PHOTOGRAPHY BY LEONARD FINK
OUT FOR THE CAMERA: The Self-Portraits of Leonard Fink
Scenes of the sexual, the social and the historic at this intimate exhibit.
As a newcomer to New York City I made my first trip to the Leslie-Lohman Museum of Gay and Lesbian Art in Soho a couple of weeks ago. I arrived dazed and sticky, not yet used to the stifling midsummer heat or the Canal St. crowds. The museum, on the comparatively quiet corner of Wooster and Grand, felt like a place of refuge. I felt weary and immediately grateful as I walked in. Inside the museum is both stark and warm. With its soft lights and wood floors the gallery space cultivates a comfortable intimacy in its visitors. The same intimacy naturally carries through to the relationship between the visitors and the exhibitions, between the visitor and the art. As I explored OUT FOR THE CAMERA: The Self-Portraits of Leonard Fink, one of the two exhibits currently on view at the museum, the exchange between the space, the visitor and the artwork itself made itself clear.
During the seventies and early eighties Leonard Fink, a gay man, photographed New York City, paying particular attention the social and sexual lives of his fellow LGBTQ people. He captured the bar scene of the West Village and the annual Pride marches and the men cruising for sex on abandoned piers, documenting LGBTQ culture from the interior. During his lifetime Fink’s work was never recognized and today it remains mostly in obscurity despite its contemporary relevance. He, like other LGBTQ photographers such as Alvin Baltrop, Peter Hujar or Diana Davies have long been role models for aspiring photographers. Only now with the resurgence of LGBTQ activism and the demand for institutional inclusivity are these remarkable artists coming into the foreground of American LGBTQ art. I too was unfamiliar with his work, though quickly I recognized something familiar within his photographs. There seemed to be an emotional constant between his images and those of my own world, a kind of lonely undercurrent spanning the two otherwise disparate landscapes.
In the gallery Fink’s silver gelatin prints show bare skin and nervous, anticipatory glances; large-scale graffitied cocks and men having sex halfway in the shadows. There are men in leather jackets sitting stiffly atop the pool table in a hazy bar, others sprawled naked over a beach towel and swathed in sunlight. There are the familiar faces of Marsha P. Johnson and Sylvia Rivera, two pivotal figures of LGBTQ history, marching together in an early Pride demonstration. In the repeated scenes on the piers there is again and again images of decay and industrial squalor repurposed into makeshift private spaces. Above all I recognized a familiarly constant wariness and the loneliness which lurks beneath it.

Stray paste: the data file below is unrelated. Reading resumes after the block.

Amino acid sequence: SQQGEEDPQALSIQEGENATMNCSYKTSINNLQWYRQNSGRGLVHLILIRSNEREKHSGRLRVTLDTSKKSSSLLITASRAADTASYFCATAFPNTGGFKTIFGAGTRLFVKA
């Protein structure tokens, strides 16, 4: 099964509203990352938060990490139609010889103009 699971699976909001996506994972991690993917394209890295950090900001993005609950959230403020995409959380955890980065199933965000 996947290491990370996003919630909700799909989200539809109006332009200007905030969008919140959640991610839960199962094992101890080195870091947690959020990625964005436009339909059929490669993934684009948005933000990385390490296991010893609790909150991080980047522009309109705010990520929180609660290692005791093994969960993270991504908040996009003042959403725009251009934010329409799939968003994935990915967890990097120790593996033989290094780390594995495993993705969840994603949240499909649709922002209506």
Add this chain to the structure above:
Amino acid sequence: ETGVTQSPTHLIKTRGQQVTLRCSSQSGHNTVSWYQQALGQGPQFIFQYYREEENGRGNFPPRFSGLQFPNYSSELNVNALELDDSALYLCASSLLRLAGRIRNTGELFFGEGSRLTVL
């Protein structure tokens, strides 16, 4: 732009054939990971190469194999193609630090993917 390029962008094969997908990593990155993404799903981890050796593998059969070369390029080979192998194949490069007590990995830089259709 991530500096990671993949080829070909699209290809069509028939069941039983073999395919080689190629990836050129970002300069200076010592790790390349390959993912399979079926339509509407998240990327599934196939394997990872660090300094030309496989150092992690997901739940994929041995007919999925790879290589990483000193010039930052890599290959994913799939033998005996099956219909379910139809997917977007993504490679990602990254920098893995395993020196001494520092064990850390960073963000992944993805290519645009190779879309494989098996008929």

Accompanying Fink’s photographs is a selection of works which relate to his either by theme or by subject. There are cartoonish figures that echo the concrete wall murals of the waterfront cruising grounds and colorful photographs that capture the piers from an observational distance. Also included in this selection is a portrait of the artist David Wojnarowicz by Hujar titled, David Wojnarowicz, Manhattan-night (II). Shot in 1985 the black and white image shows Wojnarowicz from the chest up in front of an industrial cement background. He stares directly into Hujar’s camera, his face worn and half-covered by the shadow. In the candor of the image David looks immediately and startlingly earnest. An exhibit of David’s own work is now open at the Whitney, titled History Keeps Me Awake at Night, which also features Hujar’s portraits.
When I got to this point in the exhibit I stood in front of Manhattan-night (II) for a long time, arrested by the work’s emotional honesty. I had been thinking of both Hujar and Wojnarowicz throughout the exhibit for the thematic and temporal overlap between Fink’s work and their own. Like Fink, Peter Hujar photographed the faces and the culture of downtown Manhattan during the seventies and eighties, though he died of AIDS-related pneumonia in 1987. Wojnarowicz, Hujar’s lover and the most widely known of the three artists, worked in the East Village during this time as a painter, photographer, filmmaker and writer. After Hujar’s death and his own simultaneous HIV diagnosis Wojnarowicz’s work became an intensely political and personal real-time document of the AIDS crisis. In 1992, both Wojnarowicz and Fink died of AIDS-related illnesses.
I stared at David’s portrait for a while and I came back to it again before leaving the museum. In the midst of Fink’s documentarian images Manhattan-night (II) felt cutting and intimate. Where Fink’s prints perform like artifacts, Manhattan-night (II) finds power in immediacy and a lack of distance between viewer and subject. At its most pragmatic the portrait provides an emotional link from past to present, visceral and sharp like a parable or a passing glance in a sidewalk mirror.
When I left the museum that day I left with a sense of belonging, as though a conversation or an exchange of some sort had taken place. In this way the visit underscored just how important it is to have museum spaces like the Leslie Lohman carved out specifically for queer art. The influence of these LGBTQ-centric spaces is made more apparent now than ever as other museums follow suit, presenting exhibitions centered around queer artists and subjects.
OUT FOR THE CAMERA: The Self-Portraits of Leonard Fink is on view through August 5th at 26 Wooster St. New York, NY. 10013 (Between Grand & Canal Streets).